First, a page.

The first thing to do would be to try to split the country into constituencies that returned 3, 4 or 5 MPs. I decided I’d use current constituencies as the base. Again, this is another area where reality would diverge from this projection – as the boundary commissioners would be able to (and probably would) apportion seats differently within local areas. I also decided that I would leave Northern Ireland alone. One change I did make was to set my Highlands and Islands constituency to return 5 MPs, even though it was made of 6 existing constituencies. There will be a number of ways to aggregate the seats but, where a county or city could be divided into more than one region, I tried to use district boundaries or natural features – for example, using the River Clyde to split Glasgow into two.

There remain some issues, particularly for Wales where the number of electors per MP is a lot lower than the UK average – for example, keeping Gwynedd as a single entity means that it becomes the smallest constituency by far, and boundary commissioners would probably merge it with Clwyd to create fewer, bigger constituencies. At some point I may revisit this analysis to see if it’s possible to resolve some of the electorate issues.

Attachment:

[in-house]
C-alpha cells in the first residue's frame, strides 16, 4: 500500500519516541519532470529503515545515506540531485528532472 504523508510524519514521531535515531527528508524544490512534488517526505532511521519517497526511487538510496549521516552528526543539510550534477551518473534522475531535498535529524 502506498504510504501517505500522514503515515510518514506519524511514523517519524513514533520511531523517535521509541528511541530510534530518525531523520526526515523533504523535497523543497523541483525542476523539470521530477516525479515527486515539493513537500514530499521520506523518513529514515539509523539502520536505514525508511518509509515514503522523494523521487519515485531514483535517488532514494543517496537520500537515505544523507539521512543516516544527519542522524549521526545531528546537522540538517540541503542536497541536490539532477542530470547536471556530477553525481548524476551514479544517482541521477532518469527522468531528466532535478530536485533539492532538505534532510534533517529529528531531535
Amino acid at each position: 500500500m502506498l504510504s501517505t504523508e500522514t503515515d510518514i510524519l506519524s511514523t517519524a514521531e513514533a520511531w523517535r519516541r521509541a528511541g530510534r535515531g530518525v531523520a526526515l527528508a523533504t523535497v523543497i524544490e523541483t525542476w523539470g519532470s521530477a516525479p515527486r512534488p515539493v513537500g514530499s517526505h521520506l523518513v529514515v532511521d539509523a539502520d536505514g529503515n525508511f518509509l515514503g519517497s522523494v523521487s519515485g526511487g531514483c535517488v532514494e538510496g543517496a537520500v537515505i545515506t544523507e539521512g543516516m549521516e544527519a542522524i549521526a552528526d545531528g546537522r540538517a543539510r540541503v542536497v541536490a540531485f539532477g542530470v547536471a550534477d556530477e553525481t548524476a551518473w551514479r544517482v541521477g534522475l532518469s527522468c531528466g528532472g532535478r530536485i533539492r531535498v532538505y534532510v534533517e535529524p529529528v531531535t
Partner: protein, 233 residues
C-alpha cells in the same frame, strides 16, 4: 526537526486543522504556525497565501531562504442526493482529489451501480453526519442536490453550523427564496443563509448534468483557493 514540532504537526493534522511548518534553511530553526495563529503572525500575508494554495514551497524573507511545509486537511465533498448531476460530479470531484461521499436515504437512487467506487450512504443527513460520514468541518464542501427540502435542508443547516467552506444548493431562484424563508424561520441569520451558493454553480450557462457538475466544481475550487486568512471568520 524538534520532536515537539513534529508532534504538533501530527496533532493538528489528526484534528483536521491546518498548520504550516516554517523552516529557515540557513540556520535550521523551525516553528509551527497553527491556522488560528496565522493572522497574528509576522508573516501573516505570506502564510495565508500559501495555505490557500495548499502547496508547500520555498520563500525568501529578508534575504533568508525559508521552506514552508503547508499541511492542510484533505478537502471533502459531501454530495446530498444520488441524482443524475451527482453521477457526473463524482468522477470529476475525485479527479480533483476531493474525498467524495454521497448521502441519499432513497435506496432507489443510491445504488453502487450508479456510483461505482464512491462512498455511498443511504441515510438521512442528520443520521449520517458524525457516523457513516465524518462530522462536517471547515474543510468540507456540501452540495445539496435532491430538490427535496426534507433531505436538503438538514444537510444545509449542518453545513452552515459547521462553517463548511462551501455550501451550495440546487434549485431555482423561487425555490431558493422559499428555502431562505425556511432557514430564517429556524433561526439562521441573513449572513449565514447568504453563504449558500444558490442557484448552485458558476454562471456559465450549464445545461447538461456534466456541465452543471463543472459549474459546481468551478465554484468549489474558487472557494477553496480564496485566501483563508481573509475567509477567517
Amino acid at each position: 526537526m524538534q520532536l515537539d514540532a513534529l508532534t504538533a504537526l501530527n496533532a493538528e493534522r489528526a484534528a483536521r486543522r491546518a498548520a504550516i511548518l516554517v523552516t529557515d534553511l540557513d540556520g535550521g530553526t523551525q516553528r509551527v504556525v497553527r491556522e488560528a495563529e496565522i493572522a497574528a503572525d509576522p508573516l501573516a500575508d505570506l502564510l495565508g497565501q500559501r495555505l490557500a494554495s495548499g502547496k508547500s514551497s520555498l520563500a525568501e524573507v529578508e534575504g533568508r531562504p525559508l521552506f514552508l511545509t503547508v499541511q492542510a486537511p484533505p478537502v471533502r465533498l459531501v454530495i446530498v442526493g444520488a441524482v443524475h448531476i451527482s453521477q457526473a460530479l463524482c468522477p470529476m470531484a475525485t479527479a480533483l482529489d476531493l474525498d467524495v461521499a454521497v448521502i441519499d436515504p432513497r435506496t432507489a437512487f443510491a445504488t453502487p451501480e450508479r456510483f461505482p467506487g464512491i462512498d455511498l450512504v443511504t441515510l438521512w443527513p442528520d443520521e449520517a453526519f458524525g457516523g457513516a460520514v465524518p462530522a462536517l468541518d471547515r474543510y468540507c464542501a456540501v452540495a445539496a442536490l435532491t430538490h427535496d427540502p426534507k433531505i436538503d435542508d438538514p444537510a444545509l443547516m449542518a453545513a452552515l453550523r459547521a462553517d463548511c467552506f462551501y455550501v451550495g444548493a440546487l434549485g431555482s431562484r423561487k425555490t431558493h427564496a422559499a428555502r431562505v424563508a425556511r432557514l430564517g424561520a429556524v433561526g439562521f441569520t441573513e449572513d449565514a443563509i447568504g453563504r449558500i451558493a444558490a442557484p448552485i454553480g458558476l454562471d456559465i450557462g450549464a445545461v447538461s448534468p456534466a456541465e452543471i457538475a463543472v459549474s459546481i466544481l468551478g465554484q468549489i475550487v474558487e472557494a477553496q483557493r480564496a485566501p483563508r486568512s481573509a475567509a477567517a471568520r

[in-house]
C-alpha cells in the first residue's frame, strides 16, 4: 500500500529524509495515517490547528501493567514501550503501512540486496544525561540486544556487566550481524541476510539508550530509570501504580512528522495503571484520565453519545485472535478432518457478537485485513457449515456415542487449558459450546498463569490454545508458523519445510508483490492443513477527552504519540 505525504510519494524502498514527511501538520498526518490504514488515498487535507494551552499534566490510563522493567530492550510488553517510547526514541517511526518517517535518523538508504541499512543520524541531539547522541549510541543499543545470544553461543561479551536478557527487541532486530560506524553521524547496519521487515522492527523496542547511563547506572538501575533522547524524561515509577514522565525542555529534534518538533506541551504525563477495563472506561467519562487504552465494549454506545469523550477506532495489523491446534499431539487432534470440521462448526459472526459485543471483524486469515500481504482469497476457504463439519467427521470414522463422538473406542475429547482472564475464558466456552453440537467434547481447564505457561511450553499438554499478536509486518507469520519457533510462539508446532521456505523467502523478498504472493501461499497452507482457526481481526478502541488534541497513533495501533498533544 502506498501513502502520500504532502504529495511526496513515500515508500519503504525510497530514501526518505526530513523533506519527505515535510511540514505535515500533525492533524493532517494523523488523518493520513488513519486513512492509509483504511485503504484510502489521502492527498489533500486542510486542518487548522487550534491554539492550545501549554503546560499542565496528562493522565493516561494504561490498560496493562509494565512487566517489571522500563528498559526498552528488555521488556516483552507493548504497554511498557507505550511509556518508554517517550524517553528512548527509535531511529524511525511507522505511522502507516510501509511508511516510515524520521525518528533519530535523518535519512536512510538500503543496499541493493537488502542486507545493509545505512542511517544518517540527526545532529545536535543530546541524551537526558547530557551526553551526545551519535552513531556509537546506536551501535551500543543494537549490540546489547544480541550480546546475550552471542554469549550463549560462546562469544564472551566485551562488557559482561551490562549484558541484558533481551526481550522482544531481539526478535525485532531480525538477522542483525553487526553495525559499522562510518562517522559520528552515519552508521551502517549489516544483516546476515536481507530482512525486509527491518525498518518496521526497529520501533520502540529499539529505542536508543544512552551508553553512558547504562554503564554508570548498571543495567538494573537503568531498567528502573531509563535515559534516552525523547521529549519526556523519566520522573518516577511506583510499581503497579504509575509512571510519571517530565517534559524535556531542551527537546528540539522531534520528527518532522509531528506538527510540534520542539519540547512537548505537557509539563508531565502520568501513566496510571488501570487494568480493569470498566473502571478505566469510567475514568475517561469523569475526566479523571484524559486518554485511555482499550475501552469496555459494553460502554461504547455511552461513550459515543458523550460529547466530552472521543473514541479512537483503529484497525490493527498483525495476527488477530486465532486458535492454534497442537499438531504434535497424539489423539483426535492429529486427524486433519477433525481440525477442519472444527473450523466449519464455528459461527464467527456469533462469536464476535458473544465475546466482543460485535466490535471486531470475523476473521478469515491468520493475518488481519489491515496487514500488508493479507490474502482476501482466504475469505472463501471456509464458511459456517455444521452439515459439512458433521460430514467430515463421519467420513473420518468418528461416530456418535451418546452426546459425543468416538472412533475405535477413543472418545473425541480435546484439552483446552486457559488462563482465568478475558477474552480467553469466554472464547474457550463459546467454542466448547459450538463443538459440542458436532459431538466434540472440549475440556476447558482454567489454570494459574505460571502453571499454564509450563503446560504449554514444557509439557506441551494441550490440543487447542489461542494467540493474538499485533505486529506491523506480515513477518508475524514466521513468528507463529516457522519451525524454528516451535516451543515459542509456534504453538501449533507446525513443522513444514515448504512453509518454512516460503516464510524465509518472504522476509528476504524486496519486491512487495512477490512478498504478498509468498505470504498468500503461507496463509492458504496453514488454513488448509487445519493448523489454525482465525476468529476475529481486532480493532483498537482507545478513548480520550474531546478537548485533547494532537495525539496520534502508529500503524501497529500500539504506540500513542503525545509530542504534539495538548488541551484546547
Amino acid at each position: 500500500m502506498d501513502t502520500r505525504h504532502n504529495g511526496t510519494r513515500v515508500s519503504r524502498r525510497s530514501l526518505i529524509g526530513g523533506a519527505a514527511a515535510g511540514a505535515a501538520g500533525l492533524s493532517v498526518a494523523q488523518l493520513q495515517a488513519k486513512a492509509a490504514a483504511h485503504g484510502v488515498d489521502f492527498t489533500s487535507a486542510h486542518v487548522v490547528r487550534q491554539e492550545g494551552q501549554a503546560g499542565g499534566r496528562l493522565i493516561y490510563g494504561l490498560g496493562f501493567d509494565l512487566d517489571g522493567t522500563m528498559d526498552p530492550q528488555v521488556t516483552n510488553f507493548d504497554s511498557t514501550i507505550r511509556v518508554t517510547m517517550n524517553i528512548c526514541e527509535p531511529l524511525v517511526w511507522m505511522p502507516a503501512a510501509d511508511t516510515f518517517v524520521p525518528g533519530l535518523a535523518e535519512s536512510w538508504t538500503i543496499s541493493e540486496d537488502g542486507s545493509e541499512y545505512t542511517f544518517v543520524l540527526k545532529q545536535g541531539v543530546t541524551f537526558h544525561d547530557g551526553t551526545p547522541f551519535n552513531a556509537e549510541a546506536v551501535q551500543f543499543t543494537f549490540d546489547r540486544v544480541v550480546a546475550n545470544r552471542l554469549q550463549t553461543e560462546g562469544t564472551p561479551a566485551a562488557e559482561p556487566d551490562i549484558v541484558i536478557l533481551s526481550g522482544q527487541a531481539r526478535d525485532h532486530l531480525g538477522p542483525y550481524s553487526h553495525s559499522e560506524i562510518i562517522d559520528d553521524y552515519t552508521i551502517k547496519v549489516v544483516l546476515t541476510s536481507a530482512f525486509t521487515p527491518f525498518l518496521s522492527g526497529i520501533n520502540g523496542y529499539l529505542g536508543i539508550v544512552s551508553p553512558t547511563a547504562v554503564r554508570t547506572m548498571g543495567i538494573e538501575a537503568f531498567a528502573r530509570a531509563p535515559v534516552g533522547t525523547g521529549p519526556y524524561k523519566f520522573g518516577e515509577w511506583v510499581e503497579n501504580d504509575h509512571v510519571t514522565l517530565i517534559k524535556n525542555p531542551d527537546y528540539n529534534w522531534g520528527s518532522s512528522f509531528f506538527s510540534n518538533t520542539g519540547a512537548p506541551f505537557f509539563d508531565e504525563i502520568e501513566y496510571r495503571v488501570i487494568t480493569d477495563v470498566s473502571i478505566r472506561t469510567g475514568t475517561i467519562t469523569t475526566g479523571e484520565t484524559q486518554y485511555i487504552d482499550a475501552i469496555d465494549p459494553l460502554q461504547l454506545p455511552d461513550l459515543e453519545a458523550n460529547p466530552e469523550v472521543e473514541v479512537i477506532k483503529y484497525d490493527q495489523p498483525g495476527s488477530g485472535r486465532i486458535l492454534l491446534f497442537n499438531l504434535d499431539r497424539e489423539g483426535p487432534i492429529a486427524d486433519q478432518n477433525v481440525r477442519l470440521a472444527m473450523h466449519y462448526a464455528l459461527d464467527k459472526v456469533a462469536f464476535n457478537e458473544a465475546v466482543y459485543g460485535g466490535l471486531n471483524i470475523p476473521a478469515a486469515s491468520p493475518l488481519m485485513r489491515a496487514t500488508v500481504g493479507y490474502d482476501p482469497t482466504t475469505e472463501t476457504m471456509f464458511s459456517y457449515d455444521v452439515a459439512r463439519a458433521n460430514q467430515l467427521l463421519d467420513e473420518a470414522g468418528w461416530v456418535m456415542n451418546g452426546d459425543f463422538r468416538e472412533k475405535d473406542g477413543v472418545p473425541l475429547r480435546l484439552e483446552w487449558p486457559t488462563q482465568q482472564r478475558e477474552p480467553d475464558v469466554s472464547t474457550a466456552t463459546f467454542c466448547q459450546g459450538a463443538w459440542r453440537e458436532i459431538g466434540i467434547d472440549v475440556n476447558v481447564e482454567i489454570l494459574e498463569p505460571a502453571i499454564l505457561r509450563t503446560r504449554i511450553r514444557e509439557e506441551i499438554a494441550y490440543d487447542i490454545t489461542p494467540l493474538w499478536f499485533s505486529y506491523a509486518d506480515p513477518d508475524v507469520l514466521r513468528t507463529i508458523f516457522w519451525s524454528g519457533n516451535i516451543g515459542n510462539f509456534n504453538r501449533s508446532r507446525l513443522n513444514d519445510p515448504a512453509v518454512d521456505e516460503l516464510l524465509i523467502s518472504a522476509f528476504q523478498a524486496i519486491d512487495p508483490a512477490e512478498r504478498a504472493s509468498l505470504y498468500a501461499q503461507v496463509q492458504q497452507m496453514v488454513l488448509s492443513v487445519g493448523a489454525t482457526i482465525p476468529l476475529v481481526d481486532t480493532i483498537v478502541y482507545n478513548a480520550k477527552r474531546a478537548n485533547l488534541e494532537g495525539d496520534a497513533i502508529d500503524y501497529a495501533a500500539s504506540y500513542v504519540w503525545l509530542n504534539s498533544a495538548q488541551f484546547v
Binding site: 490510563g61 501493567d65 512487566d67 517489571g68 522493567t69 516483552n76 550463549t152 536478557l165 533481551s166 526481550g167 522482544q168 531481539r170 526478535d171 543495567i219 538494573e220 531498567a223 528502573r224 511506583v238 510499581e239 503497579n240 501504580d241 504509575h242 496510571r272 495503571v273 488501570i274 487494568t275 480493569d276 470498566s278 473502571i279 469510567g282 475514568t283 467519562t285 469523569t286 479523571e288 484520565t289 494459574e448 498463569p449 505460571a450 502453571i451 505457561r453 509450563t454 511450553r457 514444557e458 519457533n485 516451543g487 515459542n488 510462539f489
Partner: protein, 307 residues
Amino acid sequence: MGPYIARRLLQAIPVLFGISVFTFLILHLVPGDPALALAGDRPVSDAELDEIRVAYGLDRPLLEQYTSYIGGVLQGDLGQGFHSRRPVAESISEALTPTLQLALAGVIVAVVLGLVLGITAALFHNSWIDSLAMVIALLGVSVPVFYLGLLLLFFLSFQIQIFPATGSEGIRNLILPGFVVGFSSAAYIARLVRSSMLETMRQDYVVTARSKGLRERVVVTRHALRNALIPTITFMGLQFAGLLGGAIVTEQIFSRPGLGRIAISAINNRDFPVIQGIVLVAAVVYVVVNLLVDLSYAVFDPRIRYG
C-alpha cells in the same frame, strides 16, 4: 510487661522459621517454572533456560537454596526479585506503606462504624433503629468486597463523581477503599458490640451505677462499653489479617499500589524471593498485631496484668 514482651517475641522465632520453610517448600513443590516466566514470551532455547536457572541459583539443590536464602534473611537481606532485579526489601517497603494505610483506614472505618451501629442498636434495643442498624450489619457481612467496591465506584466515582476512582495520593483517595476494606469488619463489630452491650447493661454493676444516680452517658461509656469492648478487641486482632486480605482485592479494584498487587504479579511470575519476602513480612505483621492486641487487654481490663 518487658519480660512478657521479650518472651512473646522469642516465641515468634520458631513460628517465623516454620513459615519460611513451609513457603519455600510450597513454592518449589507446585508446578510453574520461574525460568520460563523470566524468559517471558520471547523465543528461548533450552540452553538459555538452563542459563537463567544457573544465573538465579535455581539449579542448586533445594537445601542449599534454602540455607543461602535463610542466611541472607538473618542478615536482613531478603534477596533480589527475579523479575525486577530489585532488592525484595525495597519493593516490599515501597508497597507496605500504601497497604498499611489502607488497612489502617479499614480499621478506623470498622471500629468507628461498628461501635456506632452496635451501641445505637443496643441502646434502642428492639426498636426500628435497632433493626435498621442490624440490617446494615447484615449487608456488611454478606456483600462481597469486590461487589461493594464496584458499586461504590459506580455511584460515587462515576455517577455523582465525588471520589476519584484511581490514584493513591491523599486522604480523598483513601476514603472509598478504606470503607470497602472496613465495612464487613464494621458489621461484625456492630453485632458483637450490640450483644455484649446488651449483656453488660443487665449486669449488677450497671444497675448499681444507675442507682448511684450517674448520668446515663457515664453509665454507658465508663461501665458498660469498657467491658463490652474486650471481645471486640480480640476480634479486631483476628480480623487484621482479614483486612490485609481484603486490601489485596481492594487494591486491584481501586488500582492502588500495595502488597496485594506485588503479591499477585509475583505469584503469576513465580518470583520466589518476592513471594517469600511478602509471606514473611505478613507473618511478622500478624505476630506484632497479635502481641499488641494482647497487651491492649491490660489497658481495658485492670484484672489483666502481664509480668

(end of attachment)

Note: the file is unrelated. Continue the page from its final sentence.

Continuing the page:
The next thing was to total up the votes for each party within each of my larger constituencies. I decided I’d use the d’Hondt mechanism to allocate seats within each constituency. Again, not ideal, but given the lack of any detailed “how would you actually vote” surveys, it’s the best I could do.

In summary, my results diverge from the Electoral Reform Society’s ones. Subject to all the caveats, the results would have been:

Party 2010 2015
Conservative 264 298
Labour 205 236
Liberal Democrat 150 18
SNP 9 35
Plaid Cymru 2 2
Speaker 1 1
Green none 2
UKIP none 39

There are some interesting, if predictable, changes. For example, rather than the Conservatives only having 1 MP in Scotland in both 2010 and 2015, this model gives them 8 in 2010 and 5 in 2015. UKIP gain single MPs in lots of eastern Conservative and urban Labour areas.

The upshot would have been, for 2010, the Liberal Democrats would have had a real choice between Labour and Conservatives as coalition partners, and, for 2015, the most likely result would have been a Conservative / UKIP coalition or Conservative minority government with UKIP support.

I would also argue that this result is more representative of the country’s views in both 2010 and 2015.

The raw data is attached for you to play should you really wish to – PR Estimate – May 2015


  1. I was doing very similar for elections from 1983 onwards. STV based on 3 to 5 seaters, with the 3 single-member island constituencies. Results I had were

    1983: Con 287, Lab 172, Lib 96, SDP 71, NI 17, SNP 5, PC 2

    1987: Con 290, Lab 198, Lib 90, SDP 47, NI 17, SNP 6, PC 2

    1992: Con 291, Lab 233, LD 92, NI 17, SNP 16, PC 2

    I had a bias towards 3 seaters when doing it, as I think that would be the most likely compromise as in Ireland. I never got around to finishing 1997.

  2. […] in 2015 and 2017, I’ve done a little thought exercise about what would have potentially happened in the recent […]